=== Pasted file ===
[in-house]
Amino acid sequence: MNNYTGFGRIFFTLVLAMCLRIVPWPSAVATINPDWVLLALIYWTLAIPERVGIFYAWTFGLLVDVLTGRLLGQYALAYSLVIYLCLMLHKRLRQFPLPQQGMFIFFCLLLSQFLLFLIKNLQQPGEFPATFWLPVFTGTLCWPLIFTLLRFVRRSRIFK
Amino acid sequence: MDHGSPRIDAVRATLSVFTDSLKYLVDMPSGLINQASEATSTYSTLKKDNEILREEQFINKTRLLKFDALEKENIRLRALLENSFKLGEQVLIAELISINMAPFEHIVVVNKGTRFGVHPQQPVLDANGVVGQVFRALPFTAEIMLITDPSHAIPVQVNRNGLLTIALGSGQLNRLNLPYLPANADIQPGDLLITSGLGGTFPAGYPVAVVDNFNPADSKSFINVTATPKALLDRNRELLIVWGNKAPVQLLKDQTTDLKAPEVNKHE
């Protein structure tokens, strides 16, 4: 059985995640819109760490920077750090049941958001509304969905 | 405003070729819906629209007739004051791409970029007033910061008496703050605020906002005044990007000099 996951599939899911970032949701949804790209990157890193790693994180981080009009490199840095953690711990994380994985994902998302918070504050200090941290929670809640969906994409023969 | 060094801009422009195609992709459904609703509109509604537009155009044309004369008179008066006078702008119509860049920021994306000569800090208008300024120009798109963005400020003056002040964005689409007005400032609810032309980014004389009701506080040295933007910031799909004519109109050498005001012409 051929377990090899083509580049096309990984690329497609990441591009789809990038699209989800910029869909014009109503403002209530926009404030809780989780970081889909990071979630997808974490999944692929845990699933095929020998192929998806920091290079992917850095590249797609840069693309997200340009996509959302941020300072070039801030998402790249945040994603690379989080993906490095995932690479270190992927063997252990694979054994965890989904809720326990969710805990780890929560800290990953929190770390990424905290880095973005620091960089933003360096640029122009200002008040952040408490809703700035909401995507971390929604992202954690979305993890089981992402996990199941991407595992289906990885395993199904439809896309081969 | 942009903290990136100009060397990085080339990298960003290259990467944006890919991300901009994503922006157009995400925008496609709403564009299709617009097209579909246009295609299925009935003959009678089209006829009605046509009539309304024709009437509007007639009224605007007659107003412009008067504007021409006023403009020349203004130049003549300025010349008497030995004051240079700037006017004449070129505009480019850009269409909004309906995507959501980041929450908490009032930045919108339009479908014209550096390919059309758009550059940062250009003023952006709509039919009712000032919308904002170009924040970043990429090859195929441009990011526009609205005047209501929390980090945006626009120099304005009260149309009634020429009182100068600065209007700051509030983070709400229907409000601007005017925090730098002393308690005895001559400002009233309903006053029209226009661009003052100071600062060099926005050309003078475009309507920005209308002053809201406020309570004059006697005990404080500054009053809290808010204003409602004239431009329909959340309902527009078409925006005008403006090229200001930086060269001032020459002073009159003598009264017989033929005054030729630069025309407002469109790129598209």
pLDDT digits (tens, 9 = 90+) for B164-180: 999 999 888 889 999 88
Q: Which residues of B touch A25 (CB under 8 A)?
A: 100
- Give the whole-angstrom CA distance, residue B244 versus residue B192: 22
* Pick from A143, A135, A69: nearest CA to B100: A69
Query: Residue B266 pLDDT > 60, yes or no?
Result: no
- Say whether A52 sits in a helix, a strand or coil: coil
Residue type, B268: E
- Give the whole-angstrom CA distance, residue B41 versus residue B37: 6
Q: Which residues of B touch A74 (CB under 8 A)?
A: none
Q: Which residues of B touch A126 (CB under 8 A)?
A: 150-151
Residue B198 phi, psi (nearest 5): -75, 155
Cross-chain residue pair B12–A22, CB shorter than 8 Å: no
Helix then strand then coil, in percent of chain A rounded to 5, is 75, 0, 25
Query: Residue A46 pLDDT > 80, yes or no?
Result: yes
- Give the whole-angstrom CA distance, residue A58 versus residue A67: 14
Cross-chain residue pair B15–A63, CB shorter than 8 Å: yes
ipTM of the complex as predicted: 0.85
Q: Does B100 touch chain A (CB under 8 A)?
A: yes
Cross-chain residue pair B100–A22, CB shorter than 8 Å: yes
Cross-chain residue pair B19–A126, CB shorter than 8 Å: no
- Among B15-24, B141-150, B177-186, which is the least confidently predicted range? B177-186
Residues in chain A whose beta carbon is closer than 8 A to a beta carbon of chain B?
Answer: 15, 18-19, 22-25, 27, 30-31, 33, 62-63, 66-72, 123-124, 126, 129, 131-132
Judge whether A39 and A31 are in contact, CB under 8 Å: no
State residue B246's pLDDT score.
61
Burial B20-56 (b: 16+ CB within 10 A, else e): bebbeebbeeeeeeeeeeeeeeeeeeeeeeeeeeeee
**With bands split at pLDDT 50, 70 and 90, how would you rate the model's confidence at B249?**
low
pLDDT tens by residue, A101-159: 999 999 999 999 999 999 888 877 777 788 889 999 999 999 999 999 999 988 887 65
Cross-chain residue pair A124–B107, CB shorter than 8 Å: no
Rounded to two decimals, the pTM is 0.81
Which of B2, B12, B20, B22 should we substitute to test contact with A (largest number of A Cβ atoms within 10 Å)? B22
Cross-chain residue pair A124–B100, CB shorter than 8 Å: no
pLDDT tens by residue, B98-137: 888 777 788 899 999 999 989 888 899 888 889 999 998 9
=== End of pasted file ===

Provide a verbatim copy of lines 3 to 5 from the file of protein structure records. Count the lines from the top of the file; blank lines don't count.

Amino acid sequence: MDHGSPRIDAVRATLSVFTDSLKYLVDMPSGLINQASEATSTYSTLKKDNEILREEQFINKTRLLKFDALEKENIRLRALLENSFKLGEQVLIAELISINMAPFEHIVVVNKGTRFGVHPQQPVLDANGVVGQVFRALPFTAEIMLITDPSHAIPVQVNRNGLLTIALGSGQLNRLNLPYLPANADIQPGDLLITSGLGGTFPAGYPVAVVDNFNPADSKSFINVTATPKALLDRNRELLIVWGNKAPVQLLKDQTTDLKAPEVNKHE
């Protein structure tokens, strides 16, 4: 059985995640819109760490920077750090049941958001509304969905 | 405003070729819906629209007739004051791409970029007033910061008496703050605020906002005044990007000099 996951599939899911970032949701949804790209990157890193790693994180981080009009490199840095953690711990994380994985994902998302918070504050200090941290929670809640969906994409023969 | 060094801009422009195609992709459904609703509109509604537009155009044309004369008179008066006078702008119509860049920021994306000569800090208008300024120009798109963005400020003056002040964005689409007005400032609810032309980014004389009701506080040295933007910031799909004519109109050498005001012409 051929377990090899083509580049096309990984690329497609990441591009789809990038699209989800910029869909014009109503403002209530926009404030809780989780970081889909990071979630997808974490999944692929845990699933095929020998192929998806920091290079992917850095590249797609840069693309997200340009996509959302941020300072070039801030998402790249945040994603690379989080993906490095995932690479270190992927063997252990694979054994965890989904809720326990969710805990780890929560800290990953929190770390990424905290880095973005620091960089933003360096640029122009200002008040952040408490809703700035909401995507971390929604992202954690979305993890089981992402996990199941991407595992289906990885395993199904439809896309081969 | 942009903290990136100009060397990085080339990298960003290259990467944006890919991300901009994503922006157009995400925008496609709403564009299709617009097209579909246009295609299925009935003959009678089209006829009605046509009539309304024709009437509007007639009224605007007659107003412009008067504007021409006023403009020349203004130049003549300025010349008497030995004051240079700037006017004449070129505009480019850009269409909004309906995507959501980041929450908490009032930045919108339009479908014209550096390919059309758009550059940062250009003023952006709509039919009712000032919308904002170009924040970043990429090859195929441009990011526009609205005047209501929390980090945006626009120099304005009260149309009634020429009182100068600065209007700051509030983070709400229907409000601007005017925090730098002393308690005895001559400002009233309903006053029209226009661009003052100071600062060099926005050309003078475009309507920005209308002053809201406020309570004059006697005990404080500054009053809290808010204003409602004239431009329909959340309902527009078409925006005008403006090229200001930086060269001032020459002073009159003598009264017989033929005054030729630069025309407002469109790129598209």
pLDDT digits (tens, 9 = 90+) for B164-180: 999 999 888 889 999 88